SAN FRANCISCO – Fighting strongly for benefits is what Kirsten Scott does, and she does it at a high level.
The Northern California Rising Star from 2014-2016, and principal attorney with Renaker Hassleman Scott, LLP, out of San Francisco, recently told The Northern California Record about her winning argument on behalf of a surviving spouse.
When separated wife and plaintiff Marianne Irvin, whose was rightful pension benefits were being rejected by the Contra Costa County Employees‘ Retirement Association (CCCERA) after her husband’s death, Scott succeeded in getting them back. “As was the case for Marianne and Richard Irvin, many couples who legally separate understand that their separation will not interfere with the surviving spouse’s right to survivor pension benefits,” Scott said of the First District Court of Appeal's June 30 ruling.
“Thus, the Irvin decision is significant for other surviving spouses who are similarly situated to Ms. Irvin because it protects their right to benefits to which they are legally entitled, and that they have reasonably counted on receiving during their retirement years.”
Scott, a contributing author to the "California Wage and Hour: Law and Litigation Practice Guide and Employee Benefits Law," said it was not a surprise when the defendants argued the Marriage of Burson in the fight to withhold pension benefits from the separated wife.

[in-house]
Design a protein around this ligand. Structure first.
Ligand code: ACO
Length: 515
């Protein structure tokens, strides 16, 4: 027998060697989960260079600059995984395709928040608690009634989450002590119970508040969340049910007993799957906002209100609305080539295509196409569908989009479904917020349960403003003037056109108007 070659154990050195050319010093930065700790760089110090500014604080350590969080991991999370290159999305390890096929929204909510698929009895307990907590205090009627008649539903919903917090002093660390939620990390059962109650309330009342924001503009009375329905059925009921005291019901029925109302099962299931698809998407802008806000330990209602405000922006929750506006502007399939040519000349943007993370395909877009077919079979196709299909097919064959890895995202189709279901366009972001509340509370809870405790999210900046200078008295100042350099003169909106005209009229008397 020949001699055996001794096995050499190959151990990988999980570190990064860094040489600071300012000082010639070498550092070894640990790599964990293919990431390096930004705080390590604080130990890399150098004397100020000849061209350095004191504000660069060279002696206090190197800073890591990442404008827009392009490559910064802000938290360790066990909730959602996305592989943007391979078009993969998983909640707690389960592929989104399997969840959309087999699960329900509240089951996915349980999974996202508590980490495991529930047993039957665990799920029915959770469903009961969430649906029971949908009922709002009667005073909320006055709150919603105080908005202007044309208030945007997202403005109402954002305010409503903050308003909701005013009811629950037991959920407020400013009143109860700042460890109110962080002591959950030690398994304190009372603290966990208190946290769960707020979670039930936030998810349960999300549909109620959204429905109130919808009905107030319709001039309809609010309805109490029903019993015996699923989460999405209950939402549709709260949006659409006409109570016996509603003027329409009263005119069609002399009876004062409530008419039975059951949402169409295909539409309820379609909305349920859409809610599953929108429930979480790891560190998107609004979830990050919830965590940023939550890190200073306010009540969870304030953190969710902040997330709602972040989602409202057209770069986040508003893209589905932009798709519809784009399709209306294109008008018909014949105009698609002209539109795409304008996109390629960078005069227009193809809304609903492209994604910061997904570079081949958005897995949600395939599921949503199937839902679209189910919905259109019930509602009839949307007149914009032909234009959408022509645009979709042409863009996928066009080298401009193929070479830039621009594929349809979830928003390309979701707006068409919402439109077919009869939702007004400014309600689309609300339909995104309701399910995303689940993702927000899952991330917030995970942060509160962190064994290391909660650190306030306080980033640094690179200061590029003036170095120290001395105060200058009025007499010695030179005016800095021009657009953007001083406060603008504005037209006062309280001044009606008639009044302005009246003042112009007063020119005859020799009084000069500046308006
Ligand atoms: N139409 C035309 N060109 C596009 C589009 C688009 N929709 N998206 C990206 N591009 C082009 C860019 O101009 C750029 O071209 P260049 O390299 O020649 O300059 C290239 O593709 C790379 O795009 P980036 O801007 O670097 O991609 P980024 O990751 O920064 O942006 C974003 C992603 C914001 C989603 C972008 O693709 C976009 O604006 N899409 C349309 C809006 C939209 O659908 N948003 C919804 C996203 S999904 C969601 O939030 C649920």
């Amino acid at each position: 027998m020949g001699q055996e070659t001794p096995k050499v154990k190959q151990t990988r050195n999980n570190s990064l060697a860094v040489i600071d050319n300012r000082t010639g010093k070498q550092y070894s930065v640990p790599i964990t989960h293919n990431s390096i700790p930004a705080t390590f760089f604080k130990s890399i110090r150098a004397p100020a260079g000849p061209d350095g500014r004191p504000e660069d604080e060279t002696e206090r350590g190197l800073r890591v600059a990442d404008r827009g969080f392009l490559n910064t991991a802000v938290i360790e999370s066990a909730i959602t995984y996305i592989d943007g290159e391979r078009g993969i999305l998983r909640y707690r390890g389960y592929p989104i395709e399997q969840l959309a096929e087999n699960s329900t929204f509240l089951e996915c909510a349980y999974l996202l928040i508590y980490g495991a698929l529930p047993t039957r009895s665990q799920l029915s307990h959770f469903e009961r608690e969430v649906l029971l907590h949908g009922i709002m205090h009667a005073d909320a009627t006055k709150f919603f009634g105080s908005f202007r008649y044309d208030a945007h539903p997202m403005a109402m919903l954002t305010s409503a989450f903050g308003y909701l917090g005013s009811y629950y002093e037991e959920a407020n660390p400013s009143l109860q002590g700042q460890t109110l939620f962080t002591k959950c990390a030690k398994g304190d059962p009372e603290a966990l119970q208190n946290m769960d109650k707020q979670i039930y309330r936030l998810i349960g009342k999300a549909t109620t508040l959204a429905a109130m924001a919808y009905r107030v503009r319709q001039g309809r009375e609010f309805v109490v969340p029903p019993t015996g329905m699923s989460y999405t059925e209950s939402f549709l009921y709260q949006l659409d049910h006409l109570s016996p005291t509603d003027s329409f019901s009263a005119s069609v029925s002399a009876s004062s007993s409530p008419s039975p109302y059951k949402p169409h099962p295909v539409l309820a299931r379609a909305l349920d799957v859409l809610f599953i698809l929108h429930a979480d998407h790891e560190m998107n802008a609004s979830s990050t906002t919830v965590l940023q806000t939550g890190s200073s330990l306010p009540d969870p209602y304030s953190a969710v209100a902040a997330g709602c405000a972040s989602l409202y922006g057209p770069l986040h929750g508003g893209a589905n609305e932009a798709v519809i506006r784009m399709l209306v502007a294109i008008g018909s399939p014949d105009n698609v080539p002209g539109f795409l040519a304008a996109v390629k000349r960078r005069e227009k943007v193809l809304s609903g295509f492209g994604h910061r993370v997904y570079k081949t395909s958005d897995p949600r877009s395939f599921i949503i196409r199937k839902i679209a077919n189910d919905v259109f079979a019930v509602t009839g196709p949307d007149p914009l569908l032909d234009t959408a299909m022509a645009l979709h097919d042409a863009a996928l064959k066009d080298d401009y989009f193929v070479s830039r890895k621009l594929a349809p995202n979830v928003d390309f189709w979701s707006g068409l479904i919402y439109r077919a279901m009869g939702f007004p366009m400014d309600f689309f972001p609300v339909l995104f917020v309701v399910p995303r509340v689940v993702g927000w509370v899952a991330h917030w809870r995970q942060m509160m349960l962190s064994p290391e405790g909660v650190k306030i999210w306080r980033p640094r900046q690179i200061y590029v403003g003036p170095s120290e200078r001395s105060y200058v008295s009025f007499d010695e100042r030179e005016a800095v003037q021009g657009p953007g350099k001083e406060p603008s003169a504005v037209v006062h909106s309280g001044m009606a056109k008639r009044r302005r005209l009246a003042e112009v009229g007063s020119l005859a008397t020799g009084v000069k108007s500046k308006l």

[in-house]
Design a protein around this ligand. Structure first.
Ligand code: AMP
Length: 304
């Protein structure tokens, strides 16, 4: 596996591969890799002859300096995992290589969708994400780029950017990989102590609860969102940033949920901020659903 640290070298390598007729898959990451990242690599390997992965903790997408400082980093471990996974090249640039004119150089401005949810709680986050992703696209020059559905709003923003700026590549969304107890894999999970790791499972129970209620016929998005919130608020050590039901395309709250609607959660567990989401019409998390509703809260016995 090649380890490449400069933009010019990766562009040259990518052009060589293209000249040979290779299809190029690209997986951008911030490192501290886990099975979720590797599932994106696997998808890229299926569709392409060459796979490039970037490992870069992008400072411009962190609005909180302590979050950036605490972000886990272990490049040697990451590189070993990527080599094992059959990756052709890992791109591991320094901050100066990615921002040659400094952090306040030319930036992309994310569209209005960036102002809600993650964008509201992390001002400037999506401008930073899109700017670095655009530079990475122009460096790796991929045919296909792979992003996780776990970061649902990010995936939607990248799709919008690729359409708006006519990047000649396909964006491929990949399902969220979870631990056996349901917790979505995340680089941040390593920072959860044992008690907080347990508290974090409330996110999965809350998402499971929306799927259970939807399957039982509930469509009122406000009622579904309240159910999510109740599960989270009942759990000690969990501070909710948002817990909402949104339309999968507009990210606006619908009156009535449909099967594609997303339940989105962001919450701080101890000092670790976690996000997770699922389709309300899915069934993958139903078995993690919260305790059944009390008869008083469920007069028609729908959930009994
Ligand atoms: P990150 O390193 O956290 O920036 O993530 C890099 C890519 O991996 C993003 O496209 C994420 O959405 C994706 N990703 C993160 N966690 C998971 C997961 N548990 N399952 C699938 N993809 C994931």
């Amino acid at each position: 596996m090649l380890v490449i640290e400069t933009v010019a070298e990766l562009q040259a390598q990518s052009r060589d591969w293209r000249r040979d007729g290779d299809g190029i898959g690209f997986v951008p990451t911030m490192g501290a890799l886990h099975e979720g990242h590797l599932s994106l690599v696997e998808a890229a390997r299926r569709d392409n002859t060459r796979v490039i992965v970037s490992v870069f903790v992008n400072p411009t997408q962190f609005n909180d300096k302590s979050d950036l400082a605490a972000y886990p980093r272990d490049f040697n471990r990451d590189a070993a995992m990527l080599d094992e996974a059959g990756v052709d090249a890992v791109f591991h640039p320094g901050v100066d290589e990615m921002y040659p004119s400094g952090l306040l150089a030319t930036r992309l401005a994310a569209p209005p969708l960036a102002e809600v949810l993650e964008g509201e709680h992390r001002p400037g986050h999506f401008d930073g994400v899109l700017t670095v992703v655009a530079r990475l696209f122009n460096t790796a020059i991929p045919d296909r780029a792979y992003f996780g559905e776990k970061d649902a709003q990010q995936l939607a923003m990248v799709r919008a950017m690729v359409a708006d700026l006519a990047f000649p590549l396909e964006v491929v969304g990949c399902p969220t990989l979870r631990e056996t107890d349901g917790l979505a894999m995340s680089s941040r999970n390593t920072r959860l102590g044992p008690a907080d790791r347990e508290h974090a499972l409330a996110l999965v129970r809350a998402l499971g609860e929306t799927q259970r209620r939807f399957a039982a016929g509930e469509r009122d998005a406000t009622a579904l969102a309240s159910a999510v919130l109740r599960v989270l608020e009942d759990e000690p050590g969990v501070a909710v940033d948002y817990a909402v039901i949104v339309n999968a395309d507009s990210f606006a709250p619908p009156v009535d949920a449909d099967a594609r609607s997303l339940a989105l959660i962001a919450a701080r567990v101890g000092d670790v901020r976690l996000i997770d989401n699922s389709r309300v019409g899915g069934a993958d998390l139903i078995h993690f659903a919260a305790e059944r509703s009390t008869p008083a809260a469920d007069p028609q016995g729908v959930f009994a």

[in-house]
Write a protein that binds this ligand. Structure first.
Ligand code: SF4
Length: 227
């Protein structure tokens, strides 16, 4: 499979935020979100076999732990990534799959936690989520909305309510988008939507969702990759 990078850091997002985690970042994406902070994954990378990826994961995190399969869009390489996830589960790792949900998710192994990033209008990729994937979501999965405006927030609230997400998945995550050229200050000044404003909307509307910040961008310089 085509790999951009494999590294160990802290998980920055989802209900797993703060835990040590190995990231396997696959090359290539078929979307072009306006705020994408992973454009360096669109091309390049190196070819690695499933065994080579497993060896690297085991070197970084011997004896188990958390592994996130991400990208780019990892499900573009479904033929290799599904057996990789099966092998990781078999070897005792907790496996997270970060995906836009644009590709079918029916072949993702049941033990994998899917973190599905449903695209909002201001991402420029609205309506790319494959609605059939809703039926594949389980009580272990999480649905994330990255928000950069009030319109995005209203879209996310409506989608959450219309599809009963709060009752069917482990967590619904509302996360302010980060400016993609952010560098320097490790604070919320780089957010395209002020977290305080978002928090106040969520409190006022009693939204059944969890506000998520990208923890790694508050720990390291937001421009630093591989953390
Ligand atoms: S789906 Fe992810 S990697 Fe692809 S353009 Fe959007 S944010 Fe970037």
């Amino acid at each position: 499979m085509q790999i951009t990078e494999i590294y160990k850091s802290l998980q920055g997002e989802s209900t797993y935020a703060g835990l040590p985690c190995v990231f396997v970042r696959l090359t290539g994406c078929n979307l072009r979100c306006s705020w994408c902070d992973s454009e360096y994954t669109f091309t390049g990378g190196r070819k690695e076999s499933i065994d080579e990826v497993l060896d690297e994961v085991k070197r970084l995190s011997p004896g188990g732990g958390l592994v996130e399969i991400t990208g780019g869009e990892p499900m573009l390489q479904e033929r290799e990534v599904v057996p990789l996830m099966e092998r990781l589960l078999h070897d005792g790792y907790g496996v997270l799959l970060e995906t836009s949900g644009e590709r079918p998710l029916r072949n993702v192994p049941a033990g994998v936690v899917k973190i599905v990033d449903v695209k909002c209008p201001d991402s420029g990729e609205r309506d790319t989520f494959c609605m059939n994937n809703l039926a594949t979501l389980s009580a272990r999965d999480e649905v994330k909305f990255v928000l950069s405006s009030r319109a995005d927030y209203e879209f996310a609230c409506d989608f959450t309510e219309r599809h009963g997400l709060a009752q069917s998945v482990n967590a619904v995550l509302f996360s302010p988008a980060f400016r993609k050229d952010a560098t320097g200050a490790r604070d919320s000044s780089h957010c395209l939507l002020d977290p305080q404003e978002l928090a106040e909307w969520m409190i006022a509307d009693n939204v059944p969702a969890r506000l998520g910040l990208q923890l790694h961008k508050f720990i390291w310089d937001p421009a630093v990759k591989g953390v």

“We expected that respondents would encourage the court in this case to reach a similar decision as the court in Marriage of Burson, because the court in that case also looked to the Probate Code's definition of "surviving spouse" to interpret the County Employees Retirement Law, which is unrelated to the Probate Code,” she said.
“The Court of Appeal in the Irvin case correctly held that the Probate Code’s definition of surviving spouse does not control survivor pension benefits under the CERL, and that legally separated spouses such as Marianne and Richard Irvin are surviving spouses under CERL section 31760.2,” Scott added.
Moving the Marriage of Burson aside for the better argument of Yamaha Corp. of America v. State Board. of Equalization 1998, Scott said the appeals court acknowledging the almost two-decade old old case was significant to the ruling.
“The case of Yamaha deals with the issue of how much deference a court should give a governmental agency’s decision – in this case, CCCERA’s interpretation of the statute as precluding survivor benefits to legally separated spouses. In Yamaha, the California Supreme Court held that a court is to give deference to a governmental agency’s decision that is “appropriate to the circumstances,” she said.
“Where at issue is the interpretation of a statute, such as in the Irvin case, this is ultimately an issue for the judiciary," she added. Applying Yamaha, the Court of Appeal correctly gave “due consideration” to CCCERA’s interpretation of the statute, but did not defer to the CCCERA’s interpretation of the statute,” she said.